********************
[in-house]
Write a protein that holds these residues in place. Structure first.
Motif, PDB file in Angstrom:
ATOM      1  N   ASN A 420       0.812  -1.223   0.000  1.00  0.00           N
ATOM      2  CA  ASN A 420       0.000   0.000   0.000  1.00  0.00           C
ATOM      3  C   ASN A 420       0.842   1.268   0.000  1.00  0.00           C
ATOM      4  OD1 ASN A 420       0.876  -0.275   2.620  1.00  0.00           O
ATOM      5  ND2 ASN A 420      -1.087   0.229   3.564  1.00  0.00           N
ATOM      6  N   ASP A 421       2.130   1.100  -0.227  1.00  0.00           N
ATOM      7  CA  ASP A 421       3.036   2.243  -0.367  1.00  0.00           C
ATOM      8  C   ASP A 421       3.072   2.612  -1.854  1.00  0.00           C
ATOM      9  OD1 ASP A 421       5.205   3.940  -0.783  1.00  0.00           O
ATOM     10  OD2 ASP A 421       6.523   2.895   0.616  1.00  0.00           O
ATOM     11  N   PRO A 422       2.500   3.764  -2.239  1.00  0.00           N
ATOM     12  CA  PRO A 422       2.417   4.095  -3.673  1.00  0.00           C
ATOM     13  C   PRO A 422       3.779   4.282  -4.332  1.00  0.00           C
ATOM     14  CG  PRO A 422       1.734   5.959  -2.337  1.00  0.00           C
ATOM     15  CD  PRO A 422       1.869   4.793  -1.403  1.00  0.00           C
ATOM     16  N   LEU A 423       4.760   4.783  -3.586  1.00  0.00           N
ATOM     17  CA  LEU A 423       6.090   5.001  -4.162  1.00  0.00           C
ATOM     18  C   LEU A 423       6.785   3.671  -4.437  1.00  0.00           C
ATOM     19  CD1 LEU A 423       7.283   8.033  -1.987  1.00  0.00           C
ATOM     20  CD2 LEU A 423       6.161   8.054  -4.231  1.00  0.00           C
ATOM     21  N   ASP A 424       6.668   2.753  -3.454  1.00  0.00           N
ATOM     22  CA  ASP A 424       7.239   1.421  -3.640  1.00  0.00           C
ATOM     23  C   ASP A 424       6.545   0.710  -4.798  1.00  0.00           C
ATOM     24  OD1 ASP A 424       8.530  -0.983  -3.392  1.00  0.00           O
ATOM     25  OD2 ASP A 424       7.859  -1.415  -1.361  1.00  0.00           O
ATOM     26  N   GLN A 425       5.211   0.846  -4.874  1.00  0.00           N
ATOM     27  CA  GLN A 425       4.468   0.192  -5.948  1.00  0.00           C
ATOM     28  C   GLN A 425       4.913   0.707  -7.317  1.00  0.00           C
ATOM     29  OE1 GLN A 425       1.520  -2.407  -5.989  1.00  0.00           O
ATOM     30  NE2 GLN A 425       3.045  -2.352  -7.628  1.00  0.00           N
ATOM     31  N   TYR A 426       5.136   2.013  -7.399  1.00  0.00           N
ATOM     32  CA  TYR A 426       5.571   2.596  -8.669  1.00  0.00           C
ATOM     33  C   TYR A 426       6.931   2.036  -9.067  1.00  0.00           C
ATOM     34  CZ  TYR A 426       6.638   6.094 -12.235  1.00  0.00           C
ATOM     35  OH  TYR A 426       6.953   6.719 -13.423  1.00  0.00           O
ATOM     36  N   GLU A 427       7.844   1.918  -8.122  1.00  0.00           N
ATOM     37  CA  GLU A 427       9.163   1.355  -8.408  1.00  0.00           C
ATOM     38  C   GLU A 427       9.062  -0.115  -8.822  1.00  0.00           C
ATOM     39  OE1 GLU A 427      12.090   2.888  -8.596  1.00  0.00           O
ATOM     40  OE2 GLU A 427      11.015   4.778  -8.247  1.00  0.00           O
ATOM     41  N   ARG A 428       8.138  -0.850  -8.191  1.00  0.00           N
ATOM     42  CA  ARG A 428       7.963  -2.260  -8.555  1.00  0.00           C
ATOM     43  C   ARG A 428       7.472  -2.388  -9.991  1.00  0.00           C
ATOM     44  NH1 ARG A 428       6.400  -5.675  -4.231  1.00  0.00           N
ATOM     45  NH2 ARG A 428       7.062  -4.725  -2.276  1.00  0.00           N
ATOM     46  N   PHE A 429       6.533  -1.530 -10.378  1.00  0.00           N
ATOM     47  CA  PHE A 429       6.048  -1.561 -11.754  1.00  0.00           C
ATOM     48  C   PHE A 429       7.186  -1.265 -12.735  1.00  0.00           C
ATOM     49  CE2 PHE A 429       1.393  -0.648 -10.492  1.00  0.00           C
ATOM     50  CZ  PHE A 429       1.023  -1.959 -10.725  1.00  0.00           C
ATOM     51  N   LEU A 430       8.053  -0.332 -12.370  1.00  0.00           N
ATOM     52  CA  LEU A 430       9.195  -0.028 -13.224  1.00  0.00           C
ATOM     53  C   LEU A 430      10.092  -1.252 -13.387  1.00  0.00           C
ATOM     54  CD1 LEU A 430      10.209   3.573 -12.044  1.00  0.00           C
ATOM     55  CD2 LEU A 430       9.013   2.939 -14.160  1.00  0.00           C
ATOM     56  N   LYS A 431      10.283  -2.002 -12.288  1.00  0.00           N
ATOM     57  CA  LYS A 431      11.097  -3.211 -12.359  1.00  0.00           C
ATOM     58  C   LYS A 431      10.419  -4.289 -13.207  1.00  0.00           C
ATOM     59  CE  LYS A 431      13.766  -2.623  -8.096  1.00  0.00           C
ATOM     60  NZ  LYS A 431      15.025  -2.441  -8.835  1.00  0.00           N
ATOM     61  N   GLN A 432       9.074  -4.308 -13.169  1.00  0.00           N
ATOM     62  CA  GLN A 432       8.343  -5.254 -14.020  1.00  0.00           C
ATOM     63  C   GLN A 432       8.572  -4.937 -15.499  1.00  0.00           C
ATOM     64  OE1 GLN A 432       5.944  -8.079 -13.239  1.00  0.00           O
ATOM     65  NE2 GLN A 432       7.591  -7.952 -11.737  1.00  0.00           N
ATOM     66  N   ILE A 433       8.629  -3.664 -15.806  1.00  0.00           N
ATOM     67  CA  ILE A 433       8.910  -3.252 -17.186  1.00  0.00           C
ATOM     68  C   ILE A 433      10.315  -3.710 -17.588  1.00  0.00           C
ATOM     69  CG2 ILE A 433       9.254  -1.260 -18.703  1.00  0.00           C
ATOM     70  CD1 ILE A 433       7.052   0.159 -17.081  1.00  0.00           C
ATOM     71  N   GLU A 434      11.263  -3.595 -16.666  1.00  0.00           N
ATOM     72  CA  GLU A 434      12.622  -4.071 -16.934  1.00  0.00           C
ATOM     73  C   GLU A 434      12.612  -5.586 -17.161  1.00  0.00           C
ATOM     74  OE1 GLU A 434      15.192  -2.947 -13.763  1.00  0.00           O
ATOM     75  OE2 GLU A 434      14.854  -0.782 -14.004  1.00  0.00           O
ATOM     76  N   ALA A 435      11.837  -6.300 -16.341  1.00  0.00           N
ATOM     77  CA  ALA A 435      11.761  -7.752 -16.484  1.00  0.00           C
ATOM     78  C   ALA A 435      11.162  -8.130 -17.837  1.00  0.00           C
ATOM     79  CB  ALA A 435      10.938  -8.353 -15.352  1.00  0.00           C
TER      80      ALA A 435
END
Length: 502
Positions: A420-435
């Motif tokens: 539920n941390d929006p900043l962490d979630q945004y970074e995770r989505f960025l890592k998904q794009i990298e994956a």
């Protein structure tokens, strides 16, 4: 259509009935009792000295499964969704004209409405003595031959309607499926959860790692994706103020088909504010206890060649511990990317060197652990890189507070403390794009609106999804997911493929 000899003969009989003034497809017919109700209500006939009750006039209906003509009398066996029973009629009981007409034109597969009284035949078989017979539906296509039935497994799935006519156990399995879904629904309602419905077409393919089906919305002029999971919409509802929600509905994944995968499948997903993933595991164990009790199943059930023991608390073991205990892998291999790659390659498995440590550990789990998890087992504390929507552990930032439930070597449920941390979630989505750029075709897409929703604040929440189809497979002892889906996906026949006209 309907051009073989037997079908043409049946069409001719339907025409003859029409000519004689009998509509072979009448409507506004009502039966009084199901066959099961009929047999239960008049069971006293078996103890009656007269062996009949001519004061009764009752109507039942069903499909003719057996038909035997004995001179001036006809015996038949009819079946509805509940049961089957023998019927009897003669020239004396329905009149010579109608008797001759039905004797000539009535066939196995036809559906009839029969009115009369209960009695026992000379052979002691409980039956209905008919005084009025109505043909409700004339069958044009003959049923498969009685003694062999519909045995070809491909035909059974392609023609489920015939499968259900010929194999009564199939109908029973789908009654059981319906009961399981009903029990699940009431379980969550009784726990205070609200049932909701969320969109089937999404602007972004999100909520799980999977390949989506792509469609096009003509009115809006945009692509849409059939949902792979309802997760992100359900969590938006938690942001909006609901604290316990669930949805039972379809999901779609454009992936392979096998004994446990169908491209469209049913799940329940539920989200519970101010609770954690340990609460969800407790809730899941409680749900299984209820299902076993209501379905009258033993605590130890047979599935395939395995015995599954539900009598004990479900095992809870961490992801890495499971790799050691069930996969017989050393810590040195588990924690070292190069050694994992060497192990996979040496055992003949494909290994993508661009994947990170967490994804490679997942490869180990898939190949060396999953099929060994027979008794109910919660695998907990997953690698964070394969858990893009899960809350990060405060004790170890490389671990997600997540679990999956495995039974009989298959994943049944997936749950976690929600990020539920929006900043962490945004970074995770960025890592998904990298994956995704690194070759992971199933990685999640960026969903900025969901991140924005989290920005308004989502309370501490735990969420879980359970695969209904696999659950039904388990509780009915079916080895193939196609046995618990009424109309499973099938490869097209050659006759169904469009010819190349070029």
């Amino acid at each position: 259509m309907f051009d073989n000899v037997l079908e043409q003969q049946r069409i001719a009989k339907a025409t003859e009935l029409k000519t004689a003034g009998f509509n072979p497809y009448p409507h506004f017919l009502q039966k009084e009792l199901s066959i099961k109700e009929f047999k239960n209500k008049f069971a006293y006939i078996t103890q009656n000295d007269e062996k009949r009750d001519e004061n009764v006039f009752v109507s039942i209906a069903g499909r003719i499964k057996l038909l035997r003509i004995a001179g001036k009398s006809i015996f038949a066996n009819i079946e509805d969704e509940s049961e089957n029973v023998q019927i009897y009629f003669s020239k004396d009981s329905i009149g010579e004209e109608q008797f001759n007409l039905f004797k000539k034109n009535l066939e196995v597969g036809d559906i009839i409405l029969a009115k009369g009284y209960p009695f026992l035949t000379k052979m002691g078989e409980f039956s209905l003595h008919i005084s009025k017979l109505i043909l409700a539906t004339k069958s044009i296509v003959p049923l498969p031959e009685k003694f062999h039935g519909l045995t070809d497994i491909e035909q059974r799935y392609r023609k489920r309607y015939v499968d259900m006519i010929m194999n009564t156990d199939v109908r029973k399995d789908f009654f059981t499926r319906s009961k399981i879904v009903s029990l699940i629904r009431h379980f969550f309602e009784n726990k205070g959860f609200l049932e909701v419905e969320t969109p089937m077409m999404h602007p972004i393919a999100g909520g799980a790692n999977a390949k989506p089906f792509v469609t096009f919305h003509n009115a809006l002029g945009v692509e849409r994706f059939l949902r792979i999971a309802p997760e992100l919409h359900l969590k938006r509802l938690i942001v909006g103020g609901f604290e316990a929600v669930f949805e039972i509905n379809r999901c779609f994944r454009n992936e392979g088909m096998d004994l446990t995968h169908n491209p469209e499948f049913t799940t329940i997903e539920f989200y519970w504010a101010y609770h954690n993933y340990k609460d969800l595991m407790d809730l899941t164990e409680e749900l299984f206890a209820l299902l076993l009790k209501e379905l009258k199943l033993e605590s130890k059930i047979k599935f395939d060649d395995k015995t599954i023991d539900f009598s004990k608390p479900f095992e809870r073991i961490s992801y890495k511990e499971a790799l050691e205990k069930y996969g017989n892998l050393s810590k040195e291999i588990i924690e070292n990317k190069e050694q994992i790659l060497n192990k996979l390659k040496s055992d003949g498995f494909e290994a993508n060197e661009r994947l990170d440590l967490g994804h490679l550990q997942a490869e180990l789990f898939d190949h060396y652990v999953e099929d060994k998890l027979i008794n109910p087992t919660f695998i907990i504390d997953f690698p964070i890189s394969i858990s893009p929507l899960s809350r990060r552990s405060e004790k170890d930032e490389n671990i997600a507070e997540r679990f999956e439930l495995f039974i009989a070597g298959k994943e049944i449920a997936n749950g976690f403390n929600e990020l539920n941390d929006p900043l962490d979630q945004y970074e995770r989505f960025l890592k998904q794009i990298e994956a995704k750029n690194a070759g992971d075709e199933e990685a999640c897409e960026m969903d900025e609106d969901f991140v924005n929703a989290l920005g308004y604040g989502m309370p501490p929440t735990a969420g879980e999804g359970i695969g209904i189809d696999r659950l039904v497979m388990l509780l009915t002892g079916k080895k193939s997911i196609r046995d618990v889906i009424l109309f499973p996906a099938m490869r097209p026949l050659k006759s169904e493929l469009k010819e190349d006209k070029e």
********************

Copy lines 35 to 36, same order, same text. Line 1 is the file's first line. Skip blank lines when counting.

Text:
ATOM     32  CA  TYR A 426       5.571   2.596  -8.669  1.00  0.00           C
ATOM     33  C   TYR A 426       6.931   2.036  -9.067  1.00  0.00           C